To do indexing you need both events (to signal the creation, update, or deletion of an entity/page), and a list of entities (so the index can be completely regenerated). A simple way of giving a list of entities would be the Google Site Map XML resource. Signaling events is much more complex, so I won’t go into it in any greater depth here, but we’re working on a product called Cabochon to handle events.

One thing that indexing can provide is a way to use microformats. Right now microformats are interesting, but for most sites they are largely useless. You can mark up your content, but no one will do anything interesting with that markup. If you could easily code up an indexer that could keep up-to-date on all the content on your site, you could produce interesting results like cross-application mapping.

Shared Authentication And User Accounts

Authentication is one of the most common and annoying integration tasks when crossing platform boundaries. Systems like Open ID offer the ability to unify cross-site authentication, but they don’t actually solve the problem of a single site with multiple applications.

There is a basic protocol in HTTP for authentication, one that is workable for a system like Deliverance, and there are already several existing products (like repoze.who) that work this way. It works like this:

  • The logged-in username is sent in some header, e.g., X-Remote-User. Some kind of signing is necessary to really trust this header (Deliverance could filter out that header in incoming requests, but if you removed Deliverance from the stack you’d have a security hole).
  • If the user isn’t logged in, and the application wants them to log in, the application response with a 401 Unauthorized response. It is supposed to set the WWW-Authenticate header, probably to some value indicating that the intermediary should determine the authentication type. In some cases a kind of HTTP authentication is required (typically Basic or Digest) because cookie-based logins are too stateful (e.g., in APIs, or for WebDAV access).
  • The intermediary catches the 401 and initiates the login process. This might mean a redirect to a login page, and setting a cookie on successful login. The login page and setting the cookie could potentially be done by an application outside of the intermediary; the intermediary only has to do the appropriate redirects and setting of headers.
  • In the case when a user is logged in but isn’t permitted, the application simply sends a 403 Forbidden response. The intermediary shouldn’t actually do anything in this case (though maybe it could usefully add a logout link to that message). I only mention this because some systems use 401 for Forbidden, which causes no end of problems.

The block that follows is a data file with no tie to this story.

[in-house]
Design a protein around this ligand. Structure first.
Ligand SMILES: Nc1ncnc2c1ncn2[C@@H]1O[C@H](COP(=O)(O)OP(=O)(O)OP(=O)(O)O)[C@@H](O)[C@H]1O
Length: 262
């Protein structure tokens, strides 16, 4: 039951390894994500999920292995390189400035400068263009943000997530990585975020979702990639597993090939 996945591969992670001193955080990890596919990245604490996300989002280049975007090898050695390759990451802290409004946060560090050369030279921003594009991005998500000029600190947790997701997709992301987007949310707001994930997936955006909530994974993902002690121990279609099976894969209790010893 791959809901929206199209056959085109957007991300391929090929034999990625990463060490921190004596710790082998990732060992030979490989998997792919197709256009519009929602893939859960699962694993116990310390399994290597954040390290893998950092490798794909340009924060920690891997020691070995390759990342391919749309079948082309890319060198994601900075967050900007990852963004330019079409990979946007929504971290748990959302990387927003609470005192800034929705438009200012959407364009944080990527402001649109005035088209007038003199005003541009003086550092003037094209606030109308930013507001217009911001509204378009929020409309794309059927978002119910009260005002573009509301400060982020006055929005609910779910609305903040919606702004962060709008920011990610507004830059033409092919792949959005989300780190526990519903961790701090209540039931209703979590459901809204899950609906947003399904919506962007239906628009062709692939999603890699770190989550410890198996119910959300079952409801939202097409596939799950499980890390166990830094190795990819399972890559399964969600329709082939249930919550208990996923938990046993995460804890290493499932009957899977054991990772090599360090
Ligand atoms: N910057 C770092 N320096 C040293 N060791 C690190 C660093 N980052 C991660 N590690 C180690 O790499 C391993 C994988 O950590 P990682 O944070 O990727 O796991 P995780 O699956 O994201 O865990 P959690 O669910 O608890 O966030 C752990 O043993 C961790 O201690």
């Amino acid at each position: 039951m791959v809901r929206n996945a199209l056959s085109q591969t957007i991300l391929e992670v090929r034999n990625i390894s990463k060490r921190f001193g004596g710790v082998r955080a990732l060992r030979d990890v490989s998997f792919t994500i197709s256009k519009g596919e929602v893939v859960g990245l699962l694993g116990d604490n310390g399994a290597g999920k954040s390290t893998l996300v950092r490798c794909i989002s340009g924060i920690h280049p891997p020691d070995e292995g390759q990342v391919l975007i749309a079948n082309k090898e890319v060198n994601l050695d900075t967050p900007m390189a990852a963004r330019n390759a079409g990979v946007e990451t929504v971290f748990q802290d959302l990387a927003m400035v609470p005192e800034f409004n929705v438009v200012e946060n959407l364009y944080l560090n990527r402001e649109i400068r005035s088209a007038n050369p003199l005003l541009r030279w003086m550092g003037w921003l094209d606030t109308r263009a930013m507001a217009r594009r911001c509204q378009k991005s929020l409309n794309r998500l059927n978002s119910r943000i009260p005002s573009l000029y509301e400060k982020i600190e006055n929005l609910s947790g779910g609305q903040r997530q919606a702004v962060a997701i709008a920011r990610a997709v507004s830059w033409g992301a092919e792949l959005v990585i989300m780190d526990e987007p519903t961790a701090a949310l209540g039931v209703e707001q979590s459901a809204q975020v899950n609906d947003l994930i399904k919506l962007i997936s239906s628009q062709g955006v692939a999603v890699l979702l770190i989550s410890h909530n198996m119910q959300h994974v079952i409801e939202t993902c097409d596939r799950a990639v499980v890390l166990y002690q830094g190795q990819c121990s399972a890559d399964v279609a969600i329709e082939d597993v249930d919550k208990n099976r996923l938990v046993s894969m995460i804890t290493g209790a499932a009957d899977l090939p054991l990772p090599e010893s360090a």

While some applications allow for this kind of authentication scheme, many do not. However, the scheme is general enough that I think it is justifiable that applications could be patched to work like this.

This handles shared authentication, but the only information handed around is a username. Information about the user — the real name, email, homepage, permission roles, etc — are not shared in this model.

You could add something like an internal location to the username. E.g.: X-Remote-User: bob; info_url=http://mysite.com/users/bob.xml. It would be the application’s responsibility to make a subrequest to fetch that information. This can be somewhat inefficient, though with appropriate caching perhaps it would be fine. But many applications want very much to have a complete record of all users. Changing this is likely to be much harder than changing the authentication scheme. A more feasible system might be something on the order of what is described in Indexing the Entire Site: provide a complete listing of the site as well as events when users are created, updated, or deleted, and allow applications to maintain their own private but synced databases of users.

A common permission system is another level of integration. One way of handling this would be if applications had a published set of actions that could be performed, and the person integrating the application could map actions to roles/groups on the system.

Cross-cutting Functionality

This item requires a bit of explanation. This is functionality that cuts across multiple parts of the site. An example might be comments, where you want a commenting system to be applicable to a variety of entities (though probably not all entities). Or you might want page-update notification, or to provide a feed of changes to the entity.

You might also want to include some request logger like Google Analytics to all pages, but this is already handled well by Deliverance theming. Deliverance’s aggregation handles universal content well, but it doesn’t handle content (or subrequests) that should only be present in a portion of pages.